Political Issues

Proposed Federal Decriminalization of Marijuana Likely Won’t Pass and Doesn’t Go Far Enough

Kara Jillian Brown

Photo: Stocksy / VISUALSPECTRUM
Cannabis is currently decriminalized in 34 states and could be on its way to federal decriminalization thanks to new legislation drafted by Sen. Cory Booker (D-NJ), Sen. Ron Wyden (D-OR), and Sen. Chuck Schumer (D-NY). Additionally, the draft bill proposes restorative justice initiatives through taxes to benefit those impacted by the War on Drugs, an era of strict drug laws that disproportionately harmed Black and brown Americans. However, leaders in the cannabis space say that while the proposed bill is a good start, it doesn't go far enough. And it's not likely to pass.

"There are critical items either missing or vague enough to not create the transformative change needed to rectify injustices," says Solonje Burnett, co-founder of Humble Bloom, a cannabis marketplace and consulting firm.

But the bill includes many positives.

"[It's] incredible to see the removal of medical research restrictions as well as unfair policies targeting marginalized mostly Black, brown, and low-income communities around federal benefits, housing, education, and adult-use consumption," says Burnett. "Having the ability to research the plant for healing, access to federal banking and services, immigration protections, indigenous inclusion, auto expungement, capture demographic data for employment, ownership, and conviction, and supposed advantages to melanated entrepreneurs for licensing and loans is long overdue."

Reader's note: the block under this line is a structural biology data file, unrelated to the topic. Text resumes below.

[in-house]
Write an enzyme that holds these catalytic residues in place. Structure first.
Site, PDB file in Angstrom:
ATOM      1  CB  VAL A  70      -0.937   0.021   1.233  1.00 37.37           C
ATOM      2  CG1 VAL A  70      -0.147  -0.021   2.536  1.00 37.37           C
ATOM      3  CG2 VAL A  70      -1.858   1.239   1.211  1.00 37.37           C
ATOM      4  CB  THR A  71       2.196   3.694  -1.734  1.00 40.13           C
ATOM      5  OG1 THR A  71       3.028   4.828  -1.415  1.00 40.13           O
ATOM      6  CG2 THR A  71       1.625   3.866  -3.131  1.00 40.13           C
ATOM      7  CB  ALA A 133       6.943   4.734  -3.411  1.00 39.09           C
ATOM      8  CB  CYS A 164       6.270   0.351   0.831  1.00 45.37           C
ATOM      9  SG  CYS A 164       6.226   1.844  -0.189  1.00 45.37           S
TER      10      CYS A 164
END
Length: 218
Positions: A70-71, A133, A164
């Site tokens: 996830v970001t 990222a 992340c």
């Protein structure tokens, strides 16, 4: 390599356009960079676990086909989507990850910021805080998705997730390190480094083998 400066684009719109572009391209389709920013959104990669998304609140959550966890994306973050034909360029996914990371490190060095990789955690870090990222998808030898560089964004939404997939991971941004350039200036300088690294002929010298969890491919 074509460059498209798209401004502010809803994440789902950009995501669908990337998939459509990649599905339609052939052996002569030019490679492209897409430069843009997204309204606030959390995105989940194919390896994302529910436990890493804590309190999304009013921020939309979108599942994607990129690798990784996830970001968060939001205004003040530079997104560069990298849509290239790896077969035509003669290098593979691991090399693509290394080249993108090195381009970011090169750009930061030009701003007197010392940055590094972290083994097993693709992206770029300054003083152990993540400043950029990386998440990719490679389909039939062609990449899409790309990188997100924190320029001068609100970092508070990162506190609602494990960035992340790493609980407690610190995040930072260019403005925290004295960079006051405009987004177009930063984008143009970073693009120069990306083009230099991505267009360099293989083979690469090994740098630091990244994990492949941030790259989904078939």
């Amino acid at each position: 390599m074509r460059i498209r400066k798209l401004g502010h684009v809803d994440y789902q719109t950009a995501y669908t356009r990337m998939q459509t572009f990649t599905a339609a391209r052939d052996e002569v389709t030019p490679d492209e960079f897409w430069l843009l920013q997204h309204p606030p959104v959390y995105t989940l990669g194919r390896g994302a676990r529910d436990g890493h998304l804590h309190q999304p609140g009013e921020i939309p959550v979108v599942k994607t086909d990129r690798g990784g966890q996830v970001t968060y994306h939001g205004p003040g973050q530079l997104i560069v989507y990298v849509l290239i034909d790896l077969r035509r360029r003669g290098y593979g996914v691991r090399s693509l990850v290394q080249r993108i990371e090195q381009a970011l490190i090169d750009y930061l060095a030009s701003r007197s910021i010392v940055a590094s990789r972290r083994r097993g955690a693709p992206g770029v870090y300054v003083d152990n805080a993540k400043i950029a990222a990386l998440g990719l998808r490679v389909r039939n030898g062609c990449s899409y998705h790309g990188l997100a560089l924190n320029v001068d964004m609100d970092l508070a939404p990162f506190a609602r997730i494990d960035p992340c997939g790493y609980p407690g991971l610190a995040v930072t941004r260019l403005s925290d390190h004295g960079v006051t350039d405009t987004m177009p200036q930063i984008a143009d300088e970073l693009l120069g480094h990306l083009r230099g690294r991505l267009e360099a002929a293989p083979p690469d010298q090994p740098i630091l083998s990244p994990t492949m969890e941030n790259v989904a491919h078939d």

The draft bill, the Cannabis Administration and Opportunity Act, does fall short, says Burnett. If it's passed, those who possess, produce, and distribute marijuana in states where it is legal would no longer have to fear penalties at the federal level. Currently, weed is recreationally legal in 18 states, Washington, D.C., and Guam; and legal strictly for medicinal use in 20 states and the U.S. Virgin Islands. Just like states and localities control the legality of alcohol, states would retain the right to control the legality of marijuana weed would remain illegal in states where it is illegal.

"I really take issue with states being able to implement their own cannabis laws. This destroys the ability for interstate commerce, continues to criminalize communities and those in the unregulated market," says Burnett. "When we leave these major decisions up to the states, communities of color and under-resourced populations lose. We see that playing out right now with voter suppression, health care, LGBTQIA+, and abortion rights. Empowering legislators to control the population’s destiny (90 percent of American’s want legalization) when they obviously value corporations and profit over individual civil liberties."

This draft bill also calls for expunging federal non-violent cannabis convictions and allows petitions for resentencing while encouraging states and localities to do the same. It also bars the ability for cannabis to impact immigration status or eligibility for federal public benefits like housing or food assistance.

"The devil is in the details and they need to dig deeper especially on the reparative justice front," says Burnett. "Why are those currently imprisoned being made to petition for resentencing rather than simply released and provided assistance in recovery? Meanwhile, the proposal allows others the freedom to immediately work in the industry? Those with non-violent offenses should be removed from cages the moment the plant is removed from the list of controlled substances. "